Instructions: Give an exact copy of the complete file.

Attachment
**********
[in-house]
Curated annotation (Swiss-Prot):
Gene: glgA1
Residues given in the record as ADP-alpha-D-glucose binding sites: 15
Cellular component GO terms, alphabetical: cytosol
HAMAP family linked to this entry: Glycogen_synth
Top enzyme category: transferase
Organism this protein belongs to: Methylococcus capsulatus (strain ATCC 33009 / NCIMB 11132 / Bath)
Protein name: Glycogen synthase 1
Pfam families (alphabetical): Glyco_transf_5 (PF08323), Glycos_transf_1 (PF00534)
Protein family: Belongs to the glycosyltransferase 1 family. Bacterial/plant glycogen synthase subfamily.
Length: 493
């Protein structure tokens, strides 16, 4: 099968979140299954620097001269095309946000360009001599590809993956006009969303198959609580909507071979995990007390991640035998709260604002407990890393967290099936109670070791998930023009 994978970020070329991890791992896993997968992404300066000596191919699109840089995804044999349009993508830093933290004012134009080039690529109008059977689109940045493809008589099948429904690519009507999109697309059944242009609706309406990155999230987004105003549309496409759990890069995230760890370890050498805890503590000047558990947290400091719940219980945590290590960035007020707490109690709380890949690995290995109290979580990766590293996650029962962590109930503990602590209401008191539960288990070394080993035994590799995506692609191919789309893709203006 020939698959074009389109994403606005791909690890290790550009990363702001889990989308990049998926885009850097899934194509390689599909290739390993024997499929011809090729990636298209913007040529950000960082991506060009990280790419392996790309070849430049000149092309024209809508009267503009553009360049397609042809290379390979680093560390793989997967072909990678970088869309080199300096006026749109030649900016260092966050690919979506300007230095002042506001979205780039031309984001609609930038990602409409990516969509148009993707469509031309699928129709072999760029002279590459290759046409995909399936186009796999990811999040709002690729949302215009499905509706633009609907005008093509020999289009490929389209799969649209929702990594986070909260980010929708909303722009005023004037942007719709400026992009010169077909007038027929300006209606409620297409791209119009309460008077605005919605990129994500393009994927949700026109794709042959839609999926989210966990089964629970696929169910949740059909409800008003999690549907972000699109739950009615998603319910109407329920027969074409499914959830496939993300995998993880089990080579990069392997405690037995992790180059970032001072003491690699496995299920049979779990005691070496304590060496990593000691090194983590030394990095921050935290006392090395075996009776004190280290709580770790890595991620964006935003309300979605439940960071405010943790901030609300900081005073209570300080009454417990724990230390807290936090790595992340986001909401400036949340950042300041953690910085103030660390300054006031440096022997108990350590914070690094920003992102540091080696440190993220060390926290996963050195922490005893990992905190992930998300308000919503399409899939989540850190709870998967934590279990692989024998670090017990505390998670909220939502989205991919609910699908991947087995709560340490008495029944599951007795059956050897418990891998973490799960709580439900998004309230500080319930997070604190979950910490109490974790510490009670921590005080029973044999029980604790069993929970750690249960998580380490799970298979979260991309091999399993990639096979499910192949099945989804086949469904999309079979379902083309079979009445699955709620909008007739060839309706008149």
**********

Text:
[in-house]
Curated annotation (Swiss-Prot):
Gene: glgA1
Residues given in the record as ADP-alpha-D-glucose binding sites: 15
Cellular component GO terms, alphabetical: cytosol
HAMAP family linked to this entry: Glycogen_synth
Top enzyme category: transferase
Organism this protein belongs to: Methylococcus capsulatus (strain ATCC 33009 / NCIMB 11132 / Bath)
Protein name: Glycogen synthase 1
Pfam families (alphabetical): Glyco_transf_5 (PF08323), Glycos_transf_1 (PF00534)
Protein family: Belongs to the glycosyltransferase 1 family. Bacterial/plant glycogen synthase subfamily.
Length: 493
């Protein structure tokens, strides 16, 4: 099968979140299954620097001269095309946000360009001599590809993956006009969303198959609580909507071979995990007390991640035998709260604002407990890393967290099936109670070791998930023009 994978970020070329991890791992896993997968992404300066000596191919699109840089995804044999349009993508830093933290004012134009080039690529109008059977689109940045493809008589099948429904690519009507999109697309059944242009609706309406990155999230987004105003549309496409759990890069995230760890370890050498805890503590000047558990947290400091719940219980945590290590960035007020707490109690709380890949690995290995109290979580990766590293996650029962962590109930503990602590209401008191539960288990070394080993035994590799995506692609191919789309893709203006 020939698959074009389109994403606005791909690890290790550009990363702001889990989308990049998926885009850097899934194509390689599909290739390993024997499929011809090729990636298209913007040529950000960082991506060009990280790419392996790309070849430049000149092309024209809508009267503009553009360049397609042809290379390979680093560390793989997967072909990678970088869309080199300096006026749109030649900016260092966050690919979506300007230095002042506001979205780039031309984001609609930038990602409409990516969509148009993707469509031309699928129709072999760029002279590459290759046409995909399936186009796999990811999040709002690729949302215009499905509706633009609907005008093509020999289009490929389209799969649209929702990594986070909260980010929708909303722009005023004037942007719709400026992009010169077909007038027929300006209606409620297409791209119009309460008077605005919605990129994500393009994927949700026109794709042959839609999926989210966990089964629970696929169910949740059909409800008003999690549907972000699109739950009615998603319910109407329920027969074409499914959830496939993300995998993880089990080579990069392997405690037995992790180059970032001072003491690699496995299920049979779990005691070496304590060496990593000691090194983590030394990095921050935290006392090395075996009776004190280290709580770790890595991620964006935003309300979605439940960071405010943790901030609300900081005073209570300080009454417990724990230390807290936090790595992340986001909401400036949340950042300041953690910085103030660390300054006031440096022997108990350590914070690094920003992102540091080696440190993220060390926290996963050195922490005893990992905190992930998300308000919503399409899939989540850190709870998967934590279990692989024998670090017990505390998670909220939502989205991919609910699908991947087995709560340490008495029944599951007795059956050897418990891998973490799960709580439900998004309230500080319930997070604190979950910490109490974790510490009670921590005080029973044999029980604790069993929970750690249960998580380490799970298979979260991309091999399993990639096979499910192949099945989804086949469904999309079979379902083309079979009445699955709620909008007739060839309706008149």